guards are necessary to perfect a complete solution. One technology
gaining popularity is the optical turnstile. Optical turnstiles are
often an integral part of a modern sophisticated access control system.
Typically, optical turnstiles are integrated into a building's lobby
architecture to provide a medium level of security at the main entry
point while complementing the building's aesthetic features. Accepted
alike by security/facility managers and architect/designers, the
concept of optical turnstiles seems to be a reliable blend of security
and design considerations.
Essentially, an optical turnstile works by detecting passage of a
body between two pedestals (or bollards) by the use of infrared optical
beams. Typically, a system of lights and sounders are integrated as the
user interface and the system is controlled by the turnstile
manufacturer's firmware. The optical turnstile also houses card readers
and communicates with the customer's HSPD-12-compliant access control
In a typical transaction, the optical turnstile reads a card from
the user, communicates with the access control system to verify
authorization and admits one body to pass through in the correct
direction. Tailgaters, piggybackers and other unauthorized people are
singled out by visible and audible alarms, as well as by creating a
recordable event in the client's access control system that typically
must be addressed by on-duty staff.
However, these products provide a low-to-medium level of security.
Though the technology aids lobby staff in screening entries to the
building, it does not replace the need for lobby staff. A common
scenario is to have one lobby staff person screen visitors, handle
inquiries and monitor the traffic at the turnstile.
An optical turnstile system does not take the place of security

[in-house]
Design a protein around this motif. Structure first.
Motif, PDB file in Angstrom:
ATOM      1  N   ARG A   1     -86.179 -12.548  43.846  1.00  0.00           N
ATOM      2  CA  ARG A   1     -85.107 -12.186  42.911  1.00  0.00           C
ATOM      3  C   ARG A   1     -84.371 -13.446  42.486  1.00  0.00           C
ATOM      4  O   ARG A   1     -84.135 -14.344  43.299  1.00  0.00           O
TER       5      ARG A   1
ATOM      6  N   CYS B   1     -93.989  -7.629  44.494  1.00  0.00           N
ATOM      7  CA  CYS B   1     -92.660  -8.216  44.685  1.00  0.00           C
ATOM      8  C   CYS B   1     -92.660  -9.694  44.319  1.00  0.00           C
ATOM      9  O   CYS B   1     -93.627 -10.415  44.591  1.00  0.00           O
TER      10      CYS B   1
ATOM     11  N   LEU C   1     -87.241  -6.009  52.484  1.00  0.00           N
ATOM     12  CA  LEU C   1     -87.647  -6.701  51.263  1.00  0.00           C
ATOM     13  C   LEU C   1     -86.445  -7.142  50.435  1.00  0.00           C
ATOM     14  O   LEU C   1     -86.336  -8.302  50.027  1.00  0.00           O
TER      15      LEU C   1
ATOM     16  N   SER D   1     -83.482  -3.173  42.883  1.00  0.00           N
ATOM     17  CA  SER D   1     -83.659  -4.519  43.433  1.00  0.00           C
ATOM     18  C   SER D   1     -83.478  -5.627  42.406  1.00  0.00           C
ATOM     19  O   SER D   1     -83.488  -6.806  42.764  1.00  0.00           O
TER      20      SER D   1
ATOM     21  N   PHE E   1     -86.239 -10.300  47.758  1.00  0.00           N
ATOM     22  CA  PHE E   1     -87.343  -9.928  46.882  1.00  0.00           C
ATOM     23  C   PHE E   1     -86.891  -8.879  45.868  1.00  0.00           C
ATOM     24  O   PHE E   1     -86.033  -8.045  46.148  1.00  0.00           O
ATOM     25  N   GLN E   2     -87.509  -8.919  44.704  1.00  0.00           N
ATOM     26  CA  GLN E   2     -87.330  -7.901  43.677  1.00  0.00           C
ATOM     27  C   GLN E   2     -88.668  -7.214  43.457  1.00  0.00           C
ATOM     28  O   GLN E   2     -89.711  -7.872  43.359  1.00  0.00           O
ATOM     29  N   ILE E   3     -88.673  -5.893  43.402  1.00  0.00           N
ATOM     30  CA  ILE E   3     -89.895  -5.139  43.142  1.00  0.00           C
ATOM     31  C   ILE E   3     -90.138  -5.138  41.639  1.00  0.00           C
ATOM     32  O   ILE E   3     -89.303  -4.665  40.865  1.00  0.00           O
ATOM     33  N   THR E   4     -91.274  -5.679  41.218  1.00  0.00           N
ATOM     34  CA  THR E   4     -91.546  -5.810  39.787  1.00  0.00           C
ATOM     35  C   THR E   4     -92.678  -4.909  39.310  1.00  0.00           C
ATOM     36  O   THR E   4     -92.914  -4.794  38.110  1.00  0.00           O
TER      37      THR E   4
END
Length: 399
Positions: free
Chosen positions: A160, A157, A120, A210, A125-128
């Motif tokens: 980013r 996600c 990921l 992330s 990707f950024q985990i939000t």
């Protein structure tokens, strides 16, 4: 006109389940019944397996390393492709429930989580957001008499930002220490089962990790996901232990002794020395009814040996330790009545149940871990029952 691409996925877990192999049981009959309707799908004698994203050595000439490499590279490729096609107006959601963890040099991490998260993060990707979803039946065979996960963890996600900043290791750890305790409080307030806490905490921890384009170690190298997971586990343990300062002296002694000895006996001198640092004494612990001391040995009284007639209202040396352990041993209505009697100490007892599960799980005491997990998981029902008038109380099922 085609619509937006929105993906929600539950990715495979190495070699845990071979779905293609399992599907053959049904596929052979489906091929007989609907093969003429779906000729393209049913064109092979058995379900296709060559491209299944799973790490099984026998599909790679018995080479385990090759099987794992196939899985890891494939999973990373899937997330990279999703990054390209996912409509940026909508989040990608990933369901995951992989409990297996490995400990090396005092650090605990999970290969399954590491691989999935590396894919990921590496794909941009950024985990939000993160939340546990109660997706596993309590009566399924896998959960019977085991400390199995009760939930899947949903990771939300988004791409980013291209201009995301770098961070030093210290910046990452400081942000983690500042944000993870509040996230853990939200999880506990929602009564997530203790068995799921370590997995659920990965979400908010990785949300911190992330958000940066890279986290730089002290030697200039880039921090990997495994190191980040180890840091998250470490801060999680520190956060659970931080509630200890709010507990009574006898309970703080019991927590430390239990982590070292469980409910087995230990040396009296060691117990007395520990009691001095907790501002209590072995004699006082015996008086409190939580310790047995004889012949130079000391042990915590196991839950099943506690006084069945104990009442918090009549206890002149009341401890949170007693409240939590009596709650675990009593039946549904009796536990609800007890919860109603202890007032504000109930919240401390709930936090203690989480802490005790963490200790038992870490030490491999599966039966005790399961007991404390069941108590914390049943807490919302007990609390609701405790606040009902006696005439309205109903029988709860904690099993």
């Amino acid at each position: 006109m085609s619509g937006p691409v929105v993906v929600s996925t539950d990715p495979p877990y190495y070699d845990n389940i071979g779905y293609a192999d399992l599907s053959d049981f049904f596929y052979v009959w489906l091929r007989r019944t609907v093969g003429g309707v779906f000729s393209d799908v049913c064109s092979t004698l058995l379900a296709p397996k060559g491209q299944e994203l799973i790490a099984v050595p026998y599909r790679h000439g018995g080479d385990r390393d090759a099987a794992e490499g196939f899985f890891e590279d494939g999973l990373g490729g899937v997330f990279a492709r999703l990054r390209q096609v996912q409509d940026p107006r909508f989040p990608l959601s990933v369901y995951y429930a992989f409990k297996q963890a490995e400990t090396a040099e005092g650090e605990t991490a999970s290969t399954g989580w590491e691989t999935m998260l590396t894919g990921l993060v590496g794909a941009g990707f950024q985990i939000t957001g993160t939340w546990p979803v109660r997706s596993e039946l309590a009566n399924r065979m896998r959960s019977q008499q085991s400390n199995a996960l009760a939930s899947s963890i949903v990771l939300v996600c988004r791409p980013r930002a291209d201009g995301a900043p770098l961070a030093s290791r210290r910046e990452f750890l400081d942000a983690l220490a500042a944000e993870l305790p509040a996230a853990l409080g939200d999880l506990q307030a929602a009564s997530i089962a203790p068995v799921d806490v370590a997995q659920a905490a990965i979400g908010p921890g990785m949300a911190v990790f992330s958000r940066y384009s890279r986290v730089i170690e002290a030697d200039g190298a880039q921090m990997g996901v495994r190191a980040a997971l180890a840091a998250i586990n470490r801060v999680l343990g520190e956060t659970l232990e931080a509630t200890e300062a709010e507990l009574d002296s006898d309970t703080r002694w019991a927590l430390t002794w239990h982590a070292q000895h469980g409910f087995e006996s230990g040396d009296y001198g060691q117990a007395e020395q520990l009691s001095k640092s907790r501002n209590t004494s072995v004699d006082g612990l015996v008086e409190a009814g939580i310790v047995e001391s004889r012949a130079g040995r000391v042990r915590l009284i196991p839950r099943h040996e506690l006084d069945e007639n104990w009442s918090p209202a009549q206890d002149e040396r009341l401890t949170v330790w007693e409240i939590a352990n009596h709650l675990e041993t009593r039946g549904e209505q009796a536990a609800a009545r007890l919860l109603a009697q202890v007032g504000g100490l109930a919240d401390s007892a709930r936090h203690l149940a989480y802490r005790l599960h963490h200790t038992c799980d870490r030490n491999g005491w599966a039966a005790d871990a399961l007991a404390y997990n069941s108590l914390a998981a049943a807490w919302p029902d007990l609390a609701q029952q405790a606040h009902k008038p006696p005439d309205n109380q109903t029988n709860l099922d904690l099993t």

personnel at the entry point, as a security portal or mantrap would.
Optical turnstiles generally do not physically prevent unauthorized
entry as a mechanical turnstile can. However, due to fast throughput
and high aesthetic value, optical turnstiles are commonplace in today's
corporate and government lobbies. By most accounts, barrier-type
optical turnstiles have accounted for more than 75 percent of all
optical turnstile sales in the past six years. This fact can be partly
attributed to the greater concern for and acceptance of lobby security
since Sept. 11, 2001.
The greater demand also is a result of the fact that the technology
in this product range has improved greatly in recent years. Improved
throughput, more reliable motor drive systems for the barriers, greater
safety from accidental closing of the barriers and improved emergency
egress capabilities are some of the recent advances.
One product that has come to the forefront of the market in recent
months is the Delta 7000-B by Delta Turnstile Controls. Delta is an
American-made swinging barrier arm product with features like a small
footprint, fast throughput, low false alarm occurrence, warranty and
optional crawl-over detection.
What's next for government access control? How about onboard asset
tracking technology, integration with on-the-go biometrics readers,
bomb/weapons detection systems? As long as security managers need to
know who is entering or leaving the building and what that person is
bringing with them, the possibilities are endless. Stay tuned.
This article originally appeared in the February 2007 issue of Security Products pg. 48.